“On the way from Heathrow Airport to his home in St Albans yesterday he [Celtic chairman Brian Quinn] was even candid enough to observe that Celtic had been given a ‘doing’ in Portugal the week before Rosenborg exposed more defensive frailty.” – Hugh Keevins, Daily Record, 25 October 2001.

“Birmingham, like most promoted teams running on adrenalin thus far, had been generally solid away from home, but on the admission of their manager Steve Bruce were given ‘a doing’.” – Steve Tongue’s match report of Chelsea 3 Birmingham City 0, the Independent, 10 November 2002.

Football is a robust world, for sure, but in neither of those instances was actual bodily harm inflicted. To say that Manchester City gave Manchester United a doing last weekend isn’t to suggest that any kind of on-field brawl took place – the phrase merely reflects the trouncing that took place in purely footballing terms.

This usage is equally clear in these two examples, taken from the fairly genteel worlds of chess and education:

“At the top, Glasgow Montrose continue their good run and will lead the table going into the last match. Shettleston have effectively been eliminated from the proceedings following a ‘bit of a doing’ from Polytechnic A, for whom something more like their real A team appeared on the park.” – the late Gerry Wilson’s report on Division 1 of the Glasgow Chess League, 1999–2000.

“Mr [Stirling] Mackie did not have the chance at that point to put [Richard] Elmore’s theories [on education reform] into practice, as his attention was focused on a school action plan following a ‘very challenging’ HMIE [Her Majesty’s Inspectorate of Education] report. ‘We were given a doing,’ he admits candidly. The report identified a number of areas which were ‘weak’, including discipline, which had a knock-on effect on the quality of teaching, and ‘unsatisfactory’ self-evaluation.” – Elizabeth Buie, Times Education Supplement Scotland, 20 November 2009.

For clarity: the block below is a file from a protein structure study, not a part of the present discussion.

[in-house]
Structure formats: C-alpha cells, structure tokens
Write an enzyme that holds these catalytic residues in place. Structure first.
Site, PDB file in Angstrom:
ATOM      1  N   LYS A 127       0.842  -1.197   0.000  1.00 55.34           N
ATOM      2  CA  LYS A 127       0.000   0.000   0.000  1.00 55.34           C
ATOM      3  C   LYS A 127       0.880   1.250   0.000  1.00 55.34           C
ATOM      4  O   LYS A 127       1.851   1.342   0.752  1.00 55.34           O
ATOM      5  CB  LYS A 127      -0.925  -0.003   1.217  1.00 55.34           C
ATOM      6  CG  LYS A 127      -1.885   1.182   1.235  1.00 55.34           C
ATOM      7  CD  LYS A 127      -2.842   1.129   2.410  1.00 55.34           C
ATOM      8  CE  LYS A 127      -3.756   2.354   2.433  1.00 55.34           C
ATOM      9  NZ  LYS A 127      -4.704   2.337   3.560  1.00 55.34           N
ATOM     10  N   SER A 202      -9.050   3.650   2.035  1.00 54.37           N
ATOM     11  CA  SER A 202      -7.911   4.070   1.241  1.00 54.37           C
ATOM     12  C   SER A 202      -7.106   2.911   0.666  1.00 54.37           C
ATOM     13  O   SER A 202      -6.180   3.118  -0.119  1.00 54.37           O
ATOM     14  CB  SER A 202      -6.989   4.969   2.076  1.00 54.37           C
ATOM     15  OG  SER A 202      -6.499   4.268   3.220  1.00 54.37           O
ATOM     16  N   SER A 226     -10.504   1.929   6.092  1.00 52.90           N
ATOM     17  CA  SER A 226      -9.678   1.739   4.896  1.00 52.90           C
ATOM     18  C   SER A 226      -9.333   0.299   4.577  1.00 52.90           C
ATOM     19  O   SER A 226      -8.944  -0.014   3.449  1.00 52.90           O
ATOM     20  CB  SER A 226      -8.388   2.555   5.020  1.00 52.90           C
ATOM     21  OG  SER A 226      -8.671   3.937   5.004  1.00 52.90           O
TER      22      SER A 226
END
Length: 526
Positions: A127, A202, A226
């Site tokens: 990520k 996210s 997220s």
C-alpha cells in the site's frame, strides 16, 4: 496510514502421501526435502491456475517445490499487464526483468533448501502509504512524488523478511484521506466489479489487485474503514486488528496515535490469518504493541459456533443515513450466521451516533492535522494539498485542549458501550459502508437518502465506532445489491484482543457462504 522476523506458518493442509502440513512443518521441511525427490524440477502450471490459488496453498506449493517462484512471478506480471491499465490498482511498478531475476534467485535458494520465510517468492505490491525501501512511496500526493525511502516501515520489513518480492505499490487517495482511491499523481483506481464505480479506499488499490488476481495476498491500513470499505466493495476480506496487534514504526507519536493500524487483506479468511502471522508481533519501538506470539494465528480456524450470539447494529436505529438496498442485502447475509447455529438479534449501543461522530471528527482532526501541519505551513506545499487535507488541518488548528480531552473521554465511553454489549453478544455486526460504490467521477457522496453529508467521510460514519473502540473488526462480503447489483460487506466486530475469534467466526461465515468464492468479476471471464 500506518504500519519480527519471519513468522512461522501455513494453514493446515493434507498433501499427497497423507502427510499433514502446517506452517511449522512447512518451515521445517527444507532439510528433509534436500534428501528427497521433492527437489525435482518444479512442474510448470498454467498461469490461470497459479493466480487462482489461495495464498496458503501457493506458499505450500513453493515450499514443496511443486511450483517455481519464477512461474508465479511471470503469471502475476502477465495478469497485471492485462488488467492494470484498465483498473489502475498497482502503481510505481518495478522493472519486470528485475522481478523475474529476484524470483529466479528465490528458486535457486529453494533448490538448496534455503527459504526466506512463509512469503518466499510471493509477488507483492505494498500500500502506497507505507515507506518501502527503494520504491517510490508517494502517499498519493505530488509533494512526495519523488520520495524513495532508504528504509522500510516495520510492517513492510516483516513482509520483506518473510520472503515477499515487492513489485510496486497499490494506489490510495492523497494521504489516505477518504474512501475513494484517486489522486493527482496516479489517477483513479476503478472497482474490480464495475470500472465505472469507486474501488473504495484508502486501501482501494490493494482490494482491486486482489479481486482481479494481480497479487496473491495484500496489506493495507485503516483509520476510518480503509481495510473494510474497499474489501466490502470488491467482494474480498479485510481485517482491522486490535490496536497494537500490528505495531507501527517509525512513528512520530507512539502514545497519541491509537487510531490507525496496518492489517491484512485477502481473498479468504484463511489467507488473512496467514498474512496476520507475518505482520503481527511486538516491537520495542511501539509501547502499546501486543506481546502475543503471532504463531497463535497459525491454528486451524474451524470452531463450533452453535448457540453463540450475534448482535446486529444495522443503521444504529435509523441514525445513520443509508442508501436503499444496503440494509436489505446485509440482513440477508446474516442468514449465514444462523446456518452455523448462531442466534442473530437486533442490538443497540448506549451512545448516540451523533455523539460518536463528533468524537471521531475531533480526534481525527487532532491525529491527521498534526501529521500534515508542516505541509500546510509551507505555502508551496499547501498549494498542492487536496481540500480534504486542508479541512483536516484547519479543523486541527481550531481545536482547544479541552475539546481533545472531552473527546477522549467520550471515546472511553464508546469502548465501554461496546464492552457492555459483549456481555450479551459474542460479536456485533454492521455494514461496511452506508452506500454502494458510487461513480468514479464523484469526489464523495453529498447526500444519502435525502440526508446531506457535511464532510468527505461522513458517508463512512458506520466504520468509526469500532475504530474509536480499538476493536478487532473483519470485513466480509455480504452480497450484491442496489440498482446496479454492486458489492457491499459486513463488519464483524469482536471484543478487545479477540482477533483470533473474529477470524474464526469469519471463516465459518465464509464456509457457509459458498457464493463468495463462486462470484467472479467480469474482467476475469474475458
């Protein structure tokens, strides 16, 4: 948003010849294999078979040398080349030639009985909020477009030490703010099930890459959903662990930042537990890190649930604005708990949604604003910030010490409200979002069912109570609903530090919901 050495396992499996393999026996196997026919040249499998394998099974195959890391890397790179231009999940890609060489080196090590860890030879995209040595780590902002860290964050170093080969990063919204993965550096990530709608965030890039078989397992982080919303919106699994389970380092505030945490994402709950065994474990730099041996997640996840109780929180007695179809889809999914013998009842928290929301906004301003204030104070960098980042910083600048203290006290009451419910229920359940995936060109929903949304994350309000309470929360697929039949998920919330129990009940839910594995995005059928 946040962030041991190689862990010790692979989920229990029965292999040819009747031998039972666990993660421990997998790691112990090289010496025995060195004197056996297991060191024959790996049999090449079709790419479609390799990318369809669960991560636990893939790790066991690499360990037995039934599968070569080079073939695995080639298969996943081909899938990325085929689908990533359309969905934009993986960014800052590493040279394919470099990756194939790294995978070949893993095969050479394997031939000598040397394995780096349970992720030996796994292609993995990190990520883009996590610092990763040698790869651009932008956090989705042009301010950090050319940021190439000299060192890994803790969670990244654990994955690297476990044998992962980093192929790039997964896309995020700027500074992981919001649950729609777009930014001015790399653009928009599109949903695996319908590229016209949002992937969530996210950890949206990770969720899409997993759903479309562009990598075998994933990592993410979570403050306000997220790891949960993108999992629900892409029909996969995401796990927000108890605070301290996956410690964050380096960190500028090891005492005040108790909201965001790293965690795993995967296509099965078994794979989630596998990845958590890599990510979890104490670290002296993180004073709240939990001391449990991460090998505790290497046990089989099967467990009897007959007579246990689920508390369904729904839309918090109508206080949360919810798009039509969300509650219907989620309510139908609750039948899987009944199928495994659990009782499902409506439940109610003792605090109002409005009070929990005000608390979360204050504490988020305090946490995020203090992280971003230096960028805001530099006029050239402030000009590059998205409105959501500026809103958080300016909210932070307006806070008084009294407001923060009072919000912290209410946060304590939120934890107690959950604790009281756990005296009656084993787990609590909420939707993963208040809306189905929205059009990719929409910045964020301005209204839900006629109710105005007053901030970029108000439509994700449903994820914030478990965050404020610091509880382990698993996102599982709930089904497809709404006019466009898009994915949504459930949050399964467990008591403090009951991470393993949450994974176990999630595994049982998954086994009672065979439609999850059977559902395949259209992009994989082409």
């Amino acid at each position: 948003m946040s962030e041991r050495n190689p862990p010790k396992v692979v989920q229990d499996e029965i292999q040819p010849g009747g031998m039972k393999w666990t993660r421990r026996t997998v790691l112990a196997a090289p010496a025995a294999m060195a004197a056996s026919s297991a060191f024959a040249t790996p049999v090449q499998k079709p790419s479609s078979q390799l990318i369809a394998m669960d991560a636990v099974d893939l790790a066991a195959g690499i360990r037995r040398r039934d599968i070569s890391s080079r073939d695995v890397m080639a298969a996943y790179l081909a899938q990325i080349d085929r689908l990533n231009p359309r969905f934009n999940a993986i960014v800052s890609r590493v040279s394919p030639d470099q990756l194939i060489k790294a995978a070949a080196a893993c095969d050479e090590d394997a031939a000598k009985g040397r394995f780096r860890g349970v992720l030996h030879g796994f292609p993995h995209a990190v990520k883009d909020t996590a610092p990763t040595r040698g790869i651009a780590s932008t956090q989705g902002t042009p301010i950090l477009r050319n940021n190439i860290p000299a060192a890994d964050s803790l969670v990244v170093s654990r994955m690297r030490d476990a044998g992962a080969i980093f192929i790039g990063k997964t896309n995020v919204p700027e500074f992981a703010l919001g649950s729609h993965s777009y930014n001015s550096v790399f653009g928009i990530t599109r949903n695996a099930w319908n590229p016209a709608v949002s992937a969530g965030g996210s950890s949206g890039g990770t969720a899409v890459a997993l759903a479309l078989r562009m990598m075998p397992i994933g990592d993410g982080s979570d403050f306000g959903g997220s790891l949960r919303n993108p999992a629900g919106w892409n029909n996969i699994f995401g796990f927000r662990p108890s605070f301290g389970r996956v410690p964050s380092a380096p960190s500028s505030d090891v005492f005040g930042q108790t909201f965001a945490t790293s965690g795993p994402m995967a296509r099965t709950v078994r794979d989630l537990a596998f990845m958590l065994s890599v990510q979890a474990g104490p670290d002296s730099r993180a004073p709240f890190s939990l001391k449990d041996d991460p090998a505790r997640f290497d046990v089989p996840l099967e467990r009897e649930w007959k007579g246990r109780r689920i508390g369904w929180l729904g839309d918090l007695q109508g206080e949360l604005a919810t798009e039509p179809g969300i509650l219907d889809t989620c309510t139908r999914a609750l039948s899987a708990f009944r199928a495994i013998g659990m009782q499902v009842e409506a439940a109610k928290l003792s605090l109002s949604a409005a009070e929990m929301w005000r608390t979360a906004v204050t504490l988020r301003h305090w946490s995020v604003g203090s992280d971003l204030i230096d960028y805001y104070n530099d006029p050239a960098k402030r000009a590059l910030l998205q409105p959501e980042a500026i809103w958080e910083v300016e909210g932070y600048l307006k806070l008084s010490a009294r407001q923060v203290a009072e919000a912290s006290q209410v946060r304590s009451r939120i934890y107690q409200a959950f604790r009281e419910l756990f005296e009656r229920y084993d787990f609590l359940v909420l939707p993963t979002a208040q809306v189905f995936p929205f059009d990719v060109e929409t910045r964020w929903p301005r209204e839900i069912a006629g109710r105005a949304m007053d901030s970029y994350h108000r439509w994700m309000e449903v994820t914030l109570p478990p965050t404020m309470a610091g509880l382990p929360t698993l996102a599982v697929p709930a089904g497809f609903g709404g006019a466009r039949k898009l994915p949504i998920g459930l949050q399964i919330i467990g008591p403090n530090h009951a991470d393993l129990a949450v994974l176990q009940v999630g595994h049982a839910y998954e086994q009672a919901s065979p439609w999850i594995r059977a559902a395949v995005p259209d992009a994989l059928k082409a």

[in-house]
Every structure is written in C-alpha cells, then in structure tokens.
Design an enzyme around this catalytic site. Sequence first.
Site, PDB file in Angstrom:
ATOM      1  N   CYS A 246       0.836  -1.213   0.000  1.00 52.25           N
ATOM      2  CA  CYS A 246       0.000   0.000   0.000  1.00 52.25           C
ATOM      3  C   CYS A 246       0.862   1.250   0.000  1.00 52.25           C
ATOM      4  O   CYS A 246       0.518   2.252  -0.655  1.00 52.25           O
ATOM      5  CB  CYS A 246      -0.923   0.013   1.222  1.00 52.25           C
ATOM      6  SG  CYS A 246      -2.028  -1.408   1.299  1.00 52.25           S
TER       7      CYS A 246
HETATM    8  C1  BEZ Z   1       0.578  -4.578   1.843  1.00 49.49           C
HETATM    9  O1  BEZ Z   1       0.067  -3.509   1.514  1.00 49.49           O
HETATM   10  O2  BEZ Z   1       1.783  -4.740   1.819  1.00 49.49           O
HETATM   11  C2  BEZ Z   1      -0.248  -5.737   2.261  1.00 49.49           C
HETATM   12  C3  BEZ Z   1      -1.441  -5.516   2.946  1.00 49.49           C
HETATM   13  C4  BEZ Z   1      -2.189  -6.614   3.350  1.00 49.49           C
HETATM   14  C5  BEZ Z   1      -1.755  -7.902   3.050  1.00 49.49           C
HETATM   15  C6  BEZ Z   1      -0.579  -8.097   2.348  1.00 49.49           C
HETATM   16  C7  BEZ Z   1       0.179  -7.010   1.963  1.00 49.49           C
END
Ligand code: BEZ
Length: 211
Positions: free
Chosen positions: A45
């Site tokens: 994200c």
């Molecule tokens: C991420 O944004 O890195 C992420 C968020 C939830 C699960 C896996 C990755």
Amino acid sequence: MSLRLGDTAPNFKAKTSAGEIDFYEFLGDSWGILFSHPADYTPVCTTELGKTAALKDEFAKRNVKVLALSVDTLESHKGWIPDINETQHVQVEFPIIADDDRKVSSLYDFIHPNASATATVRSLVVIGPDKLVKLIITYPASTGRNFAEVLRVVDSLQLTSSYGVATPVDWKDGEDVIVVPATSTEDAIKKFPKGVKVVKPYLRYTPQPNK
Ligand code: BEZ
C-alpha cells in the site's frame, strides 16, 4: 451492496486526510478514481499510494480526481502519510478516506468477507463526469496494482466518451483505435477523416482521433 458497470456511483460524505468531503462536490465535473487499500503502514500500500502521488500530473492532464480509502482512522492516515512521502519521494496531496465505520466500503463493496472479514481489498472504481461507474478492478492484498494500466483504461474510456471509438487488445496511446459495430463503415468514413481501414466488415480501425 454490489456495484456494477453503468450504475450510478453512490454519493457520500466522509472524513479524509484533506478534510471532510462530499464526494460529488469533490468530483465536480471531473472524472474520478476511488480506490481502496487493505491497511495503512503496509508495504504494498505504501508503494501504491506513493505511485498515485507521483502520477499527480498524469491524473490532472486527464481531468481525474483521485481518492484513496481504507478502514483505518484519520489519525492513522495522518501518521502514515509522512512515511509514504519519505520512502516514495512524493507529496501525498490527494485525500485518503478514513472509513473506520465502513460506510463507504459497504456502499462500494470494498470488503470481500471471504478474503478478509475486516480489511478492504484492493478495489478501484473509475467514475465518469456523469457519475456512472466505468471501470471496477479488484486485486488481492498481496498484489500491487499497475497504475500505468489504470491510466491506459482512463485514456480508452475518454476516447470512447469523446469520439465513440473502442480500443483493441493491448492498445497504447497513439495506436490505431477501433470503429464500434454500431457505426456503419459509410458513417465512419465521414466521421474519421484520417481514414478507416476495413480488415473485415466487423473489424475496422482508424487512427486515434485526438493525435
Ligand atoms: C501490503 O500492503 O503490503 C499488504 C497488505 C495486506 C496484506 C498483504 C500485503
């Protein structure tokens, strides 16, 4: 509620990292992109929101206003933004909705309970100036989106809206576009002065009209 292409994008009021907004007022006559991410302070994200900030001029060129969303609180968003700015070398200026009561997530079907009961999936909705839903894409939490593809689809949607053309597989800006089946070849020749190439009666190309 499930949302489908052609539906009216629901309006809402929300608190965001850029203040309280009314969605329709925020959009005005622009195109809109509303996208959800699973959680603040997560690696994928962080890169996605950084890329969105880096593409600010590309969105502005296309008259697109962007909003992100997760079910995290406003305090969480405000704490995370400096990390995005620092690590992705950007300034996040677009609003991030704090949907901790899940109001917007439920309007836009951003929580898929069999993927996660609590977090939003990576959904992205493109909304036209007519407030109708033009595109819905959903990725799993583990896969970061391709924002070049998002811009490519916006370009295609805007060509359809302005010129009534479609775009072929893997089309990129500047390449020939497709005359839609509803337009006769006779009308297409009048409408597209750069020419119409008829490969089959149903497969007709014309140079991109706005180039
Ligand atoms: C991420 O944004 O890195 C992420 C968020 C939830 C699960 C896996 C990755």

Did either the Shettleston chess players or the staff at Irvine Royal Academy (where Mr Mackie is head teacher) feel physically threatened by the Polytechnic chess team or the government inspectors respectively? Highly unlikely.

Then, of course, there is politics – a big boys’ (and girls’) world where hardball is played but actual physical flare-ups are rare (apart, perhaps, from in the Italian parliament). Take these two fairly recent (5 June) examples, written by a blogger known as “The Burd” while analysing the treatment of presiding officer Tricia Marwick in the Holyrood chamber:

“Scotland’s political press pack has form here when it comes to its treatment of women politicians. I don’t recall David Steele [sic], George Reid or Alex Fergusson getting a doing after their initial performances convening Holyrood setpieces”; and “But worst of all, was the doing Susan Deacon got on the front page of the Daily Record at the height of the section 2a furore”.

Or this, by a bulletin-board commenter cheering the 2007 SNP victory: “As an ‘old’ Labour supporter I’m delighted to see the current bunch of slimeballs given a doing, maybe they can now have a rethink and get back to something like the original values of the party. For the moment I’m happy that in Alex Salmond we have a proper statesman as First Minister.”

Of course, the phrase can certainly be used in a literal, direct-threat, thuggish, hoodlumesque kind of way – in which case it is a different matter entirely, and certainly deserves censure. But as so often in politics, there are radically differing interpretations in play here, and it is quite possible that we will never know exactly what was said, even less what was meant.

Ultimately, there appear to be three basic interpretations:

● Mr Davidson did indeed issue a direct threat to Dr Whiteford, in which case he ought to be kicked out (but not literally) of the committee chair and subjected to party and parliamentary discipline.

● Dr Whiteford either misheard or misinterpreted what was said and has taken it all too personally, in which case she probably needs to listen more carefully and/or grow a thicker skin.